Dr. Leone is interested in critical theory, as it applies to archaeology, and particularly, to historical archaeology. He has directed Archaeology in Annapolis since 1981. This project focuses on the historical archaeology of Annapolis and features the use of critical theory. New graduate students are welcome to the project, particularly if their intention is to earn a doctorate. Not only does Leone recruit potential doctoral students into the archaeology of Maryland's capital city, but he also uses the opportunity to co-author scholarly pieces with them. The Department of Anthropology runs a well-known, six week archaeological field school in Annapolis each summer. The field school is open to graduate students, as well as undergraduates. Leone is committed to public interpretation of archaeology and welcomes graduate students who are interested in learning about the relationship between public interpretation and the politics of Archaeology.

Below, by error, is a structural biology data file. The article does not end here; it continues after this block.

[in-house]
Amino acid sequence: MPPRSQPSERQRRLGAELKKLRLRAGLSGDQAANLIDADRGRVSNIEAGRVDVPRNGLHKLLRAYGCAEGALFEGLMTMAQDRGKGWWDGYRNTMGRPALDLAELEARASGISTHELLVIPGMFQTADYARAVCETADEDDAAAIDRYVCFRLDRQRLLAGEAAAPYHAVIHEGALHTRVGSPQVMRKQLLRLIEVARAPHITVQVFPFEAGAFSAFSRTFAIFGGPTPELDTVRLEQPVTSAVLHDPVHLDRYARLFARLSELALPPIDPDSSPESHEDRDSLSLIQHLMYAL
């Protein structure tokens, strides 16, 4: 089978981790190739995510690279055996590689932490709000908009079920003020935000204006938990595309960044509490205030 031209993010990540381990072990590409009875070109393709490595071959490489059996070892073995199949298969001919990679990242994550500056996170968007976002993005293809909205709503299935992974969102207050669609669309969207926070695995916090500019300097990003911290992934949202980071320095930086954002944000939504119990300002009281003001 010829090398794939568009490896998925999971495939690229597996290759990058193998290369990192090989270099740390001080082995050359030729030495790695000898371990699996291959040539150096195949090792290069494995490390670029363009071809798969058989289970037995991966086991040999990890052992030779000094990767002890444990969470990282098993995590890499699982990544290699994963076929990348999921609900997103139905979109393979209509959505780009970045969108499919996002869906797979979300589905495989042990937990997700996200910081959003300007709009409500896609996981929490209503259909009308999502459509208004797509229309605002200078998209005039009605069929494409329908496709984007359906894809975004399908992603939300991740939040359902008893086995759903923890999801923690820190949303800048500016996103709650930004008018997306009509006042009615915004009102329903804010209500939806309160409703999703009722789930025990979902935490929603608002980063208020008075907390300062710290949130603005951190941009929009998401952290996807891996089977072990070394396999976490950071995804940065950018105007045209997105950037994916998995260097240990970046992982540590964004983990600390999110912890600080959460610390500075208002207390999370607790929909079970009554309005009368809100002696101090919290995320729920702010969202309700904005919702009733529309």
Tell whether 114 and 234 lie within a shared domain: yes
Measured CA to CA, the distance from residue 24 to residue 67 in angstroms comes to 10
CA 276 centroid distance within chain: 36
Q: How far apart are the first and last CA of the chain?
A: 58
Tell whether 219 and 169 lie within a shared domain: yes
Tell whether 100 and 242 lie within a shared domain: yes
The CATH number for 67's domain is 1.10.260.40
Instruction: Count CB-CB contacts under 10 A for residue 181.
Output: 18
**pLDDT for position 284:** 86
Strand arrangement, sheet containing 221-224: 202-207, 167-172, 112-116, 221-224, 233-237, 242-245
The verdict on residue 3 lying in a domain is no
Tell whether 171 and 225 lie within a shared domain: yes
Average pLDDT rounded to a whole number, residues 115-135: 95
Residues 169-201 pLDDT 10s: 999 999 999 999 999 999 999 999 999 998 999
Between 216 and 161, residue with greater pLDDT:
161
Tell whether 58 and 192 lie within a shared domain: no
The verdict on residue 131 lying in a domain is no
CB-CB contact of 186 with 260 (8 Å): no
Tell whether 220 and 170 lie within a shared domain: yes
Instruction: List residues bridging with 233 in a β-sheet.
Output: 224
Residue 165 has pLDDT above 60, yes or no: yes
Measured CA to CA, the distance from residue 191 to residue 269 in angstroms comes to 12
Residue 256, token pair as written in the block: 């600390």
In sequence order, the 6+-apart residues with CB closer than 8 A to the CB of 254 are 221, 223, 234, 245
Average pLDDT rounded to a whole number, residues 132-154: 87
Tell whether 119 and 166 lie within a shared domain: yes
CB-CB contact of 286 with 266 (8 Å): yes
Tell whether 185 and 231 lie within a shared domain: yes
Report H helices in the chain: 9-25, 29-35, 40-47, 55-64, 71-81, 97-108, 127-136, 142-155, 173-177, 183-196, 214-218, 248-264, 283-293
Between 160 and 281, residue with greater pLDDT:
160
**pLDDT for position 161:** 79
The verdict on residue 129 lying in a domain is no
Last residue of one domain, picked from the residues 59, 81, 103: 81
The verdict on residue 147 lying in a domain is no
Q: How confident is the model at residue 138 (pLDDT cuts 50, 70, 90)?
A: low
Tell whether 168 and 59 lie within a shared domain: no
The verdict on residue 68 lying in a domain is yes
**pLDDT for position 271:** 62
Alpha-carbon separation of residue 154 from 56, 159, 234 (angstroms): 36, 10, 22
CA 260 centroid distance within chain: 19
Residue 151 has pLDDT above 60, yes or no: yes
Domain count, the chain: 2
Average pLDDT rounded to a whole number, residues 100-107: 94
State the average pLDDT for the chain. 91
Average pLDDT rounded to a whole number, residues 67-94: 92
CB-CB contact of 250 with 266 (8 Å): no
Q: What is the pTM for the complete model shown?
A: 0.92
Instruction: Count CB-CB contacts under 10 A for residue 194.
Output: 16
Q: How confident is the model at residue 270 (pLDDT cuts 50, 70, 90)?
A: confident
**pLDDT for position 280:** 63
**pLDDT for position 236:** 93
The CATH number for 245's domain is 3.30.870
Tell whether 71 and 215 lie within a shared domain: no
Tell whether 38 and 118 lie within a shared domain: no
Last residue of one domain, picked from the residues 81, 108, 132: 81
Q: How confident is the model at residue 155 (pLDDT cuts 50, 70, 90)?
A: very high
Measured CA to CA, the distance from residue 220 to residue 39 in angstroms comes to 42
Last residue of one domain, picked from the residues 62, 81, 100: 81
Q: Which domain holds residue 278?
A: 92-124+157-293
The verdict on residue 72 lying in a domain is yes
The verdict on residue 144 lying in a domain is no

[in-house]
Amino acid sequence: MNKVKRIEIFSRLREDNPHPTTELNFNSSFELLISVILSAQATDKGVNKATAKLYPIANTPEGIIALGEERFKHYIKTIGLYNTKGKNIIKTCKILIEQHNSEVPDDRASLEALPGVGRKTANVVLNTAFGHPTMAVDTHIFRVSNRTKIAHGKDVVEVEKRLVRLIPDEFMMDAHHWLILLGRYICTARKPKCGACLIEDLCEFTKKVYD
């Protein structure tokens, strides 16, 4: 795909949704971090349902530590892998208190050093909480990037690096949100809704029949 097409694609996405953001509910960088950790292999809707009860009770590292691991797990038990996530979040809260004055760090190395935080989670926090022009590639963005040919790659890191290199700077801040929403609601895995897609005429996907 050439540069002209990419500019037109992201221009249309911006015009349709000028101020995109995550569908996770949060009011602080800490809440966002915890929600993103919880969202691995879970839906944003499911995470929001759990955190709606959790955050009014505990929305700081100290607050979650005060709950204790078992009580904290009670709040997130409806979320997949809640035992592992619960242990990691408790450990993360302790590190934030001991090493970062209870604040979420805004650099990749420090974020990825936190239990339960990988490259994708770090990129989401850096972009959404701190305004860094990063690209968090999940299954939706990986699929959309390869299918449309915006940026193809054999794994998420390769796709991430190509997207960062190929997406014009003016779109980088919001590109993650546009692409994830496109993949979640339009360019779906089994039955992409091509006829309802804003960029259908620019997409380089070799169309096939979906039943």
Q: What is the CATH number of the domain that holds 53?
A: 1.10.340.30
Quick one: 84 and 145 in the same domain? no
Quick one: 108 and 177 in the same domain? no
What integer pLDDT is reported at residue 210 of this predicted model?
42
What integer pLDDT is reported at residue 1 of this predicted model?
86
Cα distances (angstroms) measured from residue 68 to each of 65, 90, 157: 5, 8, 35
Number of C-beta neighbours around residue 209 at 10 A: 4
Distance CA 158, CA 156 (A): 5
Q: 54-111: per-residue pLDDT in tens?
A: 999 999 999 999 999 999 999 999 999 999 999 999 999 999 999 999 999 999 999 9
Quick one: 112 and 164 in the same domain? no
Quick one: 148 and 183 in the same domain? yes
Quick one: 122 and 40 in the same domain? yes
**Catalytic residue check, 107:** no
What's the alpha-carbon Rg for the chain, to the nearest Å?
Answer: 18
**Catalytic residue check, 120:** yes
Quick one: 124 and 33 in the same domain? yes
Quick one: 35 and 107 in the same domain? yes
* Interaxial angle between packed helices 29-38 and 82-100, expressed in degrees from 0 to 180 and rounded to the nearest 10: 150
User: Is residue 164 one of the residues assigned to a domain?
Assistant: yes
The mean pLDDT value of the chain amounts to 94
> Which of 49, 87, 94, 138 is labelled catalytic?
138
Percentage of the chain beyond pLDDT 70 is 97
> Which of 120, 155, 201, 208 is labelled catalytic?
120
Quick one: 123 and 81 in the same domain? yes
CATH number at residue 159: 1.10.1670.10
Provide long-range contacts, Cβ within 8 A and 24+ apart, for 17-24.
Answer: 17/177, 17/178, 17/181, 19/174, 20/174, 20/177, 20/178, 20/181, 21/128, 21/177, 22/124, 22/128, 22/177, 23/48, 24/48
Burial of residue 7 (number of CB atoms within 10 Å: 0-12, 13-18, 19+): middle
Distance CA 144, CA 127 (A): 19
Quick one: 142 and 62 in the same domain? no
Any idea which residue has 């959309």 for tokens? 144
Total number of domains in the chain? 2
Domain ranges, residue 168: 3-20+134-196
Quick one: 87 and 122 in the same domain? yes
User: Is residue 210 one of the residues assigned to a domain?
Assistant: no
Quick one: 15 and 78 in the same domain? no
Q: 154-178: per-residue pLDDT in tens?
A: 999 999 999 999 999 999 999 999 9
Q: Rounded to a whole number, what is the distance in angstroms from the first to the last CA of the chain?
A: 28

Archaeology in Annapolis is co-sponsored by Historic Annapolis Foundation, which offers rich potential and practical experience for public outreach. Two archaeological laboratories, one on the University campus, and one in Annapolis, offer opportunities for analysis and interpretation. These opportunities are directed and coordinated by Dr. Jessica Neuwirth.
Since 2000, Mark Leone has also directed research on Maryland’s Eastern Shore at William Paca’s 1792 plantation on Wye Island, as well as at the Wye House Plantation, where Frederick Douglass was enslaved as a child.
Dr. Leone has helped to sponsor the building of an up-to-date Geographic Information System (GIS), for the Historic District of Annapolis, Preservation Web GIS. This work is currently supervised by Joseph Muller who teaches AutoCAD and GIS courses for the Department of Anthropology. The Department has strong relations with the Maryland Department of Transportation to build GIS databases, a tie that produces employment opportunities for students.
As director of Archaeology in Annapolis, Mark Leone also oversees the management of the Archaeology in Annapolis Blog and a searchable online database of the enslaved at the Wye House Plantation, People of Wye House.